A new function of the leptin receptor: Mediation of the recovery from lipopolysaccharide-induced hypothermia

Department of Pathology and Laboratory Medicine, Emory University, Atlanta, Georgia, United States
The FASEB Journal (Impact Factor: 5.04). 01/2005; 18(15):1949-51. DOI: 10.1096/fj.04-2295fje
Source: PubMed


Obese (f/f) Koletsky rats lack the leptin receptor (LR), whereas their lean (F/?) counterparts bear a fully functional LR. By using f/f and F/? rats, we studied whether the LR is involved in lipopolysaccharide (LPS)-induced fever and hypothermia. The body temperature responses to LPS (10 or 100 microg/kg iv) were measured in Koletsky rats exposed to a thermoneutral (28 degrees C) or cool (22 degrees C) environment. Rats of both genotypes responded to LPS with fever at 28 degrees C and with dose-dependent hypothermia at 22 degrees C. The fever responses of the f/f and F/? rats were identical. The hypothermic response of the f/f rats was markedly prolonged compared with that of the F/? rats. The prolonged hypothermic response to LPS in the f/f rats was accompanied by enhanced NF-kappaB signaling in the hypothalamus and an exaggerated rise in the plasma concentration of tumor necrosis factor (TNF)-alpha. The f/f rats did not respond to LPS with an increase in the plasma concentration of corticosterone or adrenocorticotropic hormone, whereas their F/? counterparts did. The hypothermic response to TNF-alpha (80 microg/kg iv) was markedly prolonged in the f/f rats. These data show that the LR is essential for the recovery from LPS hypothermia. LR-dependent mechanisms of the recovery from LPS hypothermia include activation of the anti-inflammatory hypothalamo-pituitary-adrenal axis, inhibition of both the production and hypothermic action of TNF-alpha, and suppression of inflammatory (via NF-kappaB) signaling in the hypothalamus.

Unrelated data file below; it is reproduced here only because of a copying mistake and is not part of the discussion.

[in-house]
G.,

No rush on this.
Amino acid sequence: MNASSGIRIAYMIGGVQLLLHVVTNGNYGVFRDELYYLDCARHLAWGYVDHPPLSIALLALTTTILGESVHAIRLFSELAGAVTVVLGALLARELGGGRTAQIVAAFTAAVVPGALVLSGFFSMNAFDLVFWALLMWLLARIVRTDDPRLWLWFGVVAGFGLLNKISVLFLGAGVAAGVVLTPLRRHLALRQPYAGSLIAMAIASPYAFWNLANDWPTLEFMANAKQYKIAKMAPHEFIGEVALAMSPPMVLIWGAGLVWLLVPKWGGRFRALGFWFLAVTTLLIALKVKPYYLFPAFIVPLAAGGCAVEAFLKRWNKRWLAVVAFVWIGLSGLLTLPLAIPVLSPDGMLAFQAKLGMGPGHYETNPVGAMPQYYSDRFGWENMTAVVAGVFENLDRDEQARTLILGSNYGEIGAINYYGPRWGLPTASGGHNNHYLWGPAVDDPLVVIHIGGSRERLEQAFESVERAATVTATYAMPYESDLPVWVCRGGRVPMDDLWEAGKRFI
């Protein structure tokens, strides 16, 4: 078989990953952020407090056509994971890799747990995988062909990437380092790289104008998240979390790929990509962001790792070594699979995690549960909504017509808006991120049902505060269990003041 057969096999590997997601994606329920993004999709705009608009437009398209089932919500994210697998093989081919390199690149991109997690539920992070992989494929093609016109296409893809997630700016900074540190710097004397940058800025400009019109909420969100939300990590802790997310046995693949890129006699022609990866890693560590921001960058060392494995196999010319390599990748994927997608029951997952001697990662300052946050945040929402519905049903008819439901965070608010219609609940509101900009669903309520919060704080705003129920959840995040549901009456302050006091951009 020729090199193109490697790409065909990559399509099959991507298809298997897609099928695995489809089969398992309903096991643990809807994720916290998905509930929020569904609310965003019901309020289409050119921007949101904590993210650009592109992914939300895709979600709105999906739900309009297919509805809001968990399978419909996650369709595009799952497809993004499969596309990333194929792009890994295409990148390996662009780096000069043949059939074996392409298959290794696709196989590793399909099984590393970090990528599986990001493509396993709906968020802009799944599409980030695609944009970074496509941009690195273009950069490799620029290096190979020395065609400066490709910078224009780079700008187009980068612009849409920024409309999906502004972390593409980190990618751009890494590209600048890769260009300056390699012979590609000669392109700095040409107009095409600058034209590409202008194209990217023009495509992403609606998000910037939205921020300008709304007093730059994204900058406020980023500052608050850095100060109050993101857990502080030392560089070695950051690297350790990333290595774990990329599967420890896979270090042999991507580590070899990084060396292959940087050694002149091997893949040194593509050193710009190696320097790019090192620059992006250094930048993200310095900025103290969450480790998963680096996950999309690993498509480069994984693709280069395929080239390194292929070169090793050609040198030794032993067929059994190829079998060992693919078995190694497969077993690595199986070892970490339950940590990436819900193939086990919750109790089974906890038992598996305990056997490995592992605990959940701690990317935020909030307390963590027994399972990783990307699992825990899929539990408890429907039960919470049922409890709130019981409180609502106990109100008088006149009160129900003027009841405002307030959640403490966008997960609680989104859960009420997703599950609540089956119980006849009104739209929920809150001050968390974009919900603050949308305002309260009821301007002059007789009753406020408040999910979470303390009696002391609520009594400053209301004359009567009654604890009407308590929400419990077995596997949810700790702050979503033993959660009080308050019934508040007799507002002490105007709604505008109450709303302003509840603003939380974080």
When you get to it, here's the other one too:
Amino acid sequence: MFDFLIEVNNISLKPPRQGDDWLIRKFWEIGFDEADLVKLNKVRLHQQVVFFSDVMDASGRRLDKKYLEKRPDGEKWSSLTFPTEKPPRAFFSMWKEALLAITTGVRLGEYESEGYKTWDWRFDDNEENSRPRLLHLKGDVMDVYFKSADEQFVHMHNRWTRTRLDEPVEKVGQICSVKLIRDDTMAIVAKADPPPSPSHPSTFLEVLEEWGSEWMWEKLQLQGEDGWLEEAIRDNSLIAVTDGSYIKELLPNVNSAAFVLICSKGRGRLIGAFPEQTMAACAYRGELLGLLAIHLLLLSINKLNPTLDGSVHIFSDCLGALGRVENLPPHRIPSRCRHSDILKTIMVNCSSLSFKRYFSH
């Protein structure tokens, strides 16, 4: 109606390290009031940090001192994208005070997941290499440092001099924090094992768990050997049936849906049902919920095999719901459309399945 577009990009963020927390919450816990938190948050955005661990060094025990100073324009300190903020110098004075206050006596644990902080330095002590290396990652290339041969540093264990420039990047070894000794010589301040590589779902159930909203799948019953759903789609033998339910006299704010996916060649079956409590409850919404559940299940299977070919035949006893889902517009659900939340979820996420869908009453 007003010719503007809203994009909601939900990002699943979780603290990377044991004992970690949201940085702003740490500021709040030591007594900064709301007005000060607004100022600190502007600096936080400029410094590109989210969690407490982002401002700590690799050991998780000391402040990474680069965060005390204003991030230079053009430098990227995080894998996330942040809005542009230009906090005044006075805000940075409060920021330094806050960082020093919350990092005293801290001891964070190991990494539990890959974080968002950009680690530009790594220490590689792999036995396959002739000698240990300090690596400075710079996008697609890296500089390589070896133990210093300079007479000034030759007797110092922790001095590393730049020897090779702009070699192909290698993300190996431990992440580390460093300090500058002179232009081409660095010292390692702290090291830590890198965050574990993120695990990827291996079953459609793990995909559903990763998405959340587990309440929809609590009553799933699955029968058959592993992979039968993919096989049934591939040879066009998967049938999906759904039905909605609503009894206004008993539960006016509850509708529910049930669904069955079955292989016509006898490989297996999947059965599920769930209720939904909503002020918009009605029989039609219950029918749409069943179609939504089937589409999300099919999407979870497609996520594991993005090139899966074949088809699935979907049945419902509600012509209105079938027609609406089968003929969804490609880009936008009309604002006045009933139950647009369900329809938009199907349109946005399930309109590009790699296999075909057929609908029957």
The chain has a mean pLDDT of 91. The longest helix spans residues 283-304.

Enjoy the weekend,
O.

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Available from: Andrei I Ivanov, Apr 10, 2014
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    • "With regard to all aspects and components of the inflammatory sickness syndrome , it is obvious that there are some symptoms which develop briefly after the inflammatory insult whereas the manifestation of other symptoms takes more time to develop. Studies in animals which lack a functional leptin receptor indicate that leptin plays a role in recovery from inflammation-induced hypothermia [19] and sickness behaviour [13]. Both of these responses belong to the later symptoms of systemic inflammation and the time course of their manifestation fits well to the delayed STAT5 signaling in the hypothalamus of leptin-treated rats. "
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